12:30PM: Lunch time! Time for conversation, discussion about culture, cuisine, science, or politics, and the sightings of that morning.  A good chat with my clients usually lasts well after lunch has ended. I tell them to meet me at the boat landing at 3PM, and we part ways. What does a guide do in the hour or two before reconvening with the client in the afternoon? Catch up with sightings of interesting species with other guides (including the latest antswarm), process bird photography and sound recordings, research about birds or other elements in the forest, catch up with email of family and friends, blog about birding — a literally endless list of tasks to complete in the available free time. I would also take the opportunity to talk with the available boatmen regarding outings on future dates.

Boat-billed Heron

Boat-billed Heron is irregularly seen on boat trips on the shores of the Rio Cristalino.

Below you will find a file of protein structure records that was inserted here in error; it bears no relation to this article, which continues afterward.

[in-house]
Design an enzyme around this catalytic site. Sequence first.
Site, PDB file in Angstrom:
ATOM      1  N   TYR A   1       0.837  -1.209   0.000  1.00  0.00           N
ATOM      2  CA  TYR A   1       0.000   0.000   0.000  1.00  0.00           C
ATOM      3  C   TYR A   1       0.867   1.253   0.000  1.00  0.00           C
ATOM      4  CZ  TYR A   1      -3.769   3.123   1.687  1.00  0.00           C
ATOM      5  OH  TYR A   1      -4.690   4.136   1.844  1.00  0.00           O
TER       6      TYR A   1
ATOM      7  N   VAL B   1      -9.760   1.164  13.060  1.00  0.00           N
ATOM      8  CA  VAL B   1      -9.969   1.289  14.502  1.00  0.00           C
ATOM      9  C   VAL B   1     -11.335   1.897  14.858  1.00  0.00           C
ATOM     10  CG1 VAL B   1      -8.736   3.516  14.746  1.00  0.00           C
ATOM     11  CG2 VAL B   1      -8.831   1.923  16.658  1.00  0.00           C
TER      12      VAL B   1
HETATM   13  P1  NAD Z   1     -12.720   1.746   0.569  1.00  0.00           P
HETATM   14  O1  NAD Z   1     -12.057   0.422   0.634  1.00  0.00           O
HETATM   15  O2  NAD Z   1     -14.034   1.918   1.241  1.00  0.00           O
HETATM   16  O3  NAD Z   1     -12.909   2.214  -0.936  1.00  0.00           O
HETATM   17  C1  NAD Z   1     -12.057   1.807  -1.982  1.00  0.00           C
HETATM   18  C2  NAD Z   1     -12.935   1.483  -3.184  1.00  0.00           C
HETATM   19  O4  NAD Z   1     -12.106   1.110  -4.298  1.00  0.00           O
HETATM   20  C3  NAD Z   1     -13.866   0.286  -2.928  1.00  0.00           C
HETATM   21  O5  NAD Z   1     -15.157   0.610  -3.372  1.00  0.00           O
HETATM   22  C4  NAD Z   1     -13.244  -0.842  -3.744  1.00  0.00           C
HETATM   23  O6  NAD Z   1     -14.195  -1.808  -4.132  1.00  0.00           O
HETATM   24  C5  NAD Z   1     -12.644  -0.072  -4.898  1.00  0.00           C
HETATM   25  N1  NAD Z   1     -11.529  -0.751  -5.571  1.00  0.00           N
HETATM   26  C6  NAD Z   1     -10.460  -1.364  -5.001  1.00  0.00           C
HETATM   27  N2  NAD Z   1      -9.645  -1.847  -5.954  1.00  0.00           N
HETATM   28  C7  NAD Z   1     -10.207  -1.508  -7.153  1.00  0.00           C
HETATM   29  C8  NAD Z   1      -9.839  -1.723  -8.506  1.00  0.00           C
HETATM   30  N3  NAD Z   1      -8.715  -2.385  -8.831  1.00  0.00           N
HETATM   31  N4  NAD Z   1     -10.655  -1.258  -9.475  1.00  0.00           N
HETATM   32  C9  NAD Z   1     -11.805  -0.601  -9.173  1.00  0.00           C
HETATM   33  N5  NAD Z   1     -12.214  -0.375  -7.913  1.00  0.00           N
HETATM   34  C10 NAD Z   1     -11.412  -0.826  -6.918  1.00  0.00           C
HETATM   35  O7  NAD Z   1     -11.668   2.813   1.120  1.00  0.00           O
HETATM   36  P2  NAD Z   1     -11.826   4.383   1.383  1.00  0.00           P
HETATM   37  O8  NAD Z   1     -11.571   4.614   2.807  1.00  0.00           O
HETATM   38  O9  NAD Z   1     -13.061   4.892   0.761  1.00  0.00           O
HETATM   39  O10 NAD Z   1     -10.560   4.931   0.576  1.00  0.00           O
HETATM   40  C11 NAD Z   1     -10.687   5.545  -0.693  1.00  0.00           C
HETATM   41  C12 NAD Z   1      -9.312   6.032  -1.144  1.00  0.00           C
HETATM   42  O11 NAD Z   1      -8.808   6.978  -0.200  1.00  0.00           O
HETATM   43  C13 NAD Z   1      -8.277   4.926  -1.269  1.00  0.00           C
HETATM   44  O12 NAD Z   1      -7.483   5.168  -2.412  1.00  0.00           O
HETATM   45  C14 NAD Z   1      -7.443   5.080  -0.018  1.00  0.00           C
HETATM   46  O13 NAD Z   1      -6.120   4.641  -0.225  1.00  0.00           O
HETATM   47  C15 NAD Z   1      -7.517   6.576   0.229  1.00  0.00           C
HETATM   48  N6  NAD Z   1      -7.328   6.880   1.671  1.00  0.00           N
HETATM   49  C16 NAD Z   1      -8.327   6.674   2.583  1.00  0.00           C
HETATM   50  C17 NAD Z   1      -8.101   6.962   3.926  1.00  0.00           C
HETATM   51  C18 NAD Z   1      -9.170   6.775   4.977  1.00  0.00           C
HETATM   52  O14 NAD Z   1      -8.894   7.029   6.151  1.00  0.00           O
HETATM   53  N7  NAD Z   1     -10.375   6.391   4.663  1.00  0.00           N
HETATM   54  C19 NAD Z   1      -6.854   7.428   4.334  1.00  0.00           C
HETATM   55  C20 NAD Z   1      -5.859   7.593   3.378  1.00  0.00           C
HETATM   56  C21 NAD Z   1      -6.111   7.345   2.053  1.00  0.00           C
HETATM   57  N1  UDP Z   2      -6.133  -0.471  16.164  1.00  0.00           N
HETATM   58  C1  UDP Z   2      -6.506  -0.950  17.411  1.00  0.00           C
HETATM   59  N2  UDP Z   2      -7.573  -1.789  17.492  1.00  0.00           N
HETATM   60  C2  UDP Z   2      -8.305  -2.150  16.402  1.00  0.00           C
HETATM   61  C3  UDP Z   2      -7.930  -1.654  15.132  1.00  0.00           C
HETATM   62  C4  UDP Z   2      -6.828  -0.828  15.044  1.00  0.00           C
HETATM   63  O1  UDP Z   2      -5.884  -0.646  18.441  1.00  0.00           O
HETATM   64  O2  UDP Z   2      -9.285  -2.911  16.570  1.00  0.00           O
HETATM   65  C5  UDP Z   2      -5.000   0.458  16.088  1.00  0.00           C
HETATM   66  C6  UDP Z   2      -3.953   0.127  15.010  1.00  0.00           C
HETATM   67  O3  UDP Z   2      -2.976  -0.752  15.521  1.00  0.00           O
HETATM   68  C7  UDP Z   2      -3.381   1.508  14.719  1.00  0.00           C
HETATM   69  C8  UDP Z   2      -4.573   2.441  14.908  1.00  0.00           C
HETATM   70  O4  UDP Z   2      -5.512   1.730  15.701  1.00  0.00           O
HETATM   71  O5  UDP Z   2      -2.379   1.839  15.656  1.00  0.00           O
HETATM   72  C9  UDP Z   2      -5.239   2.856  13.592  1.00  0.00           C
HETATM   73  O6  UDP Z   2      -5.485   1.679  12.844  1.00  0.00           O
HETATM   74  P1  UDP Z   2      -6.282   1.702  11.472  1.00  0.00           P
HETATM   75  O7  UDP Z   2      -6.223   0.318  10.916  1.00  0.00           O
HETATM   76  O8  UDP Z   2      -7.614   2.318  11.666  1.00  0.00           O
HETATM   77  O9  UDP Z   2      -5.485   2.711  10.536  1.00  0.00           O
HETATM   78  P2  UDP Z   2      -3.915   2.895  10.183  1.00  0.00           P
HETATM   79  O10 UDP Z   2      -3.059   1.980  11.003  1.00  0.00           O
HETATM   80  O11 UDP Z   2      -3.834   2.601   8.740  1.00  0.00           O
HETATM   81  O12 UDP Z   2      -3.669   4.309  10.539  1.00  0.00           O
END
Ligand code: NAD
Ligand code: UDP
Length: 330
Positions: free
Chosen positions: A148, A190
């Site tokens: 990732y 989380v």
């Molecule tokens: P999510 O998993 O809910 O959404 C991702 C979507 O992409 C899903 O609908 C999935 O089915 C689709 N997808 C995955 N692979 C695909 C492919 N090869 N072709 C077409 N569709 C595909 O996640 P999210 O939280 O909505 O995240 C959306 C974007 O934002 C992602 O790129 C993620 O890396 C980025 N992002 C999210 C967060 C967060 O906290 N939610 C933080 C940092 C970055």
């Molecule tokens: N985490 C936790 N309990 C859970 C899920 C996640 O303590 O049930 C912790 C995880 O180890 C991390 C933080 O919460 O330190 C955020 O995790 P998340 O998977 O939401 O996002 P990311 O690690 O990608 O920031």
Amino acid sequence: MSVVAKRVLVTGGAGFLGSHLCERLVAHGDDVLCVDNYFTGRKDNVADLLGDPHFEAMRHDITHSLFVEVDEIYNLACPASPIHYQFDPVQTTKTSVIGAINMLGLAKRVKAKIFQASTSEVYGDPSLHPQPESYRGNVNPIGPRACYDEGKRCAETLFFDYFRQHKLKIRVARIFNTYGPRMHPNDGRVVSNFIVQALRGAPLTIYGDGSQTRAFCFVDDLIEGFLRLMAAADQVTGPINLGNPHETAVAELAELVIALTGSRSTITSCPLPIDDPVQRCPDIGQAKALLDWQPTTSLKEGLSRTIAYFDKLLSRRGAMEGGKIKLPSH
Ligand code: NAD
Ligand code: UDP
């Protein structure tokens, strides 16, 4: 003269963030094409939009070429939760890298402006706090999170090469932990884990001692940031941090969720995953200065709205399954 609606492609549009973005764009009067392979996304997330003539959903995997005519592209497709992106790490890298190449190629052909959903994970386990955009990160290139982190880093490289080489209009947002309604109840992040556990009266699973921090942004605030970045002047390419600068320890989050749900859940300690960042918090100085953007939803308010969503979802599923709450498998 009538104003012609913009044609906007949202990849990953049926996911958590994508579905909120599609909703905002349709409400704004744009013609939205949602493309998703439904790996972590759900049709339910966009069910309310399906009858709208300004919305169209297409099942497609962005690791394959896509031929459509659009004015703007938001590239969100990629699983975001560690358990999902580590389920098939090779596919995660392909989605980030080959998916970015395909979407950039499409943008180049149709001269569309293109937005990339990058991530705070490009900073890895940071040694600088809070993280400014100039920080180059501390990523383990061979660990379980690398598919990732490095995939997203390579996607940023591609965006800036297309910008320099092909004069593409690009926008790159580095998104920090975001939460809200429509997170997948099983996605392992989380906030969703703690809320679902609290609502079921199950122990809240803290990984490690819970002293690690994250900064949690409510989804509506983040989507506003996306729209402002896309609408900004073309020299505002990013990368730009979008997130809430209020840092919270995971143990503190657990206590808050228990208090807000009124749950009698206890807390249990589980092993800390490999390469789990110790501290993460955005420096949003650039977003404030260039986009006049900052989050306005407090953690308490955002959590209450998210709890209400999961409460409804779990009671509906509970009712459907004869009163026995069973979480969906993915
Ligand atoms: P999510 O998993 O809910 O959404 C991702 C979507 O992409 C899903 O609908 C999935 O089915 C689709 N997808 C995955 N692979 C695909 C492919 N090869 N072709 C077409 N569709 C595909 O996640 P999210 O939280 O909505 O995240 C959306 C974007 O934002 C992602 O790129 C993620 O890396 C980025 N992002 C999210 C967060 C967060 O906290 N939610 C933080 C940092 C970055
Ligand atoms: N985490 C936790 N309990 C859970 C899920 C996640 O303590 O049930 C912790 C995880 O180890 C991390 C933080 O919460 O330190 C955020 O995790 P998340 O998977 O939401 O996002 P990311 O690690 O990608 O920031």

3:00PM: Meeting the clients at the edge of the river, we carefully board the boat and head off on the beautiful Cristalino River — an outing which always guarantees sightings in the heat of the day, including various Amazonian swallows, kingfishers, ibis, and Sunbittern. During one trip while guiding Victor Emmanuel and Barry Lyon, we kept count and recorded well over 50 species from the river, including such highlights as Red-fan Parrot and Brown-banded Puffbird. However, there are two main targets in the early afternoon boat ride: South American Tapir and Giant Otter. During the month of September when the forest is at its driest, tapirs habitually loiter along the shores of the Cristalino River in order to cool off. Sightings can be nearly guaranteed during this brief window of the year. “The Cristalino River is a blackwater river, meaning that it is very nutrient poor with little vegetation. The color is due to tannins leached through the forest vegetation,” I explain to the clients as we work our way up the river, hopefully picking up other river edge specialties such as Silvered Antbird and Agami Heron. At around sunset, using a judgement call from my previous conversations with these clients, we either return back early to the lodge grounds or continue for a round of spotlighting in the dark and an extra bit of excitement — Zigzag Heron (the tail pumping, tree hopping mini-Kagu), Long-tailed Potoo (at a traditional snag) , Dwarf Caiman, and perhaps even a Paca (medium-sized, unusual rodent)! It is a great way to end the day with a bang.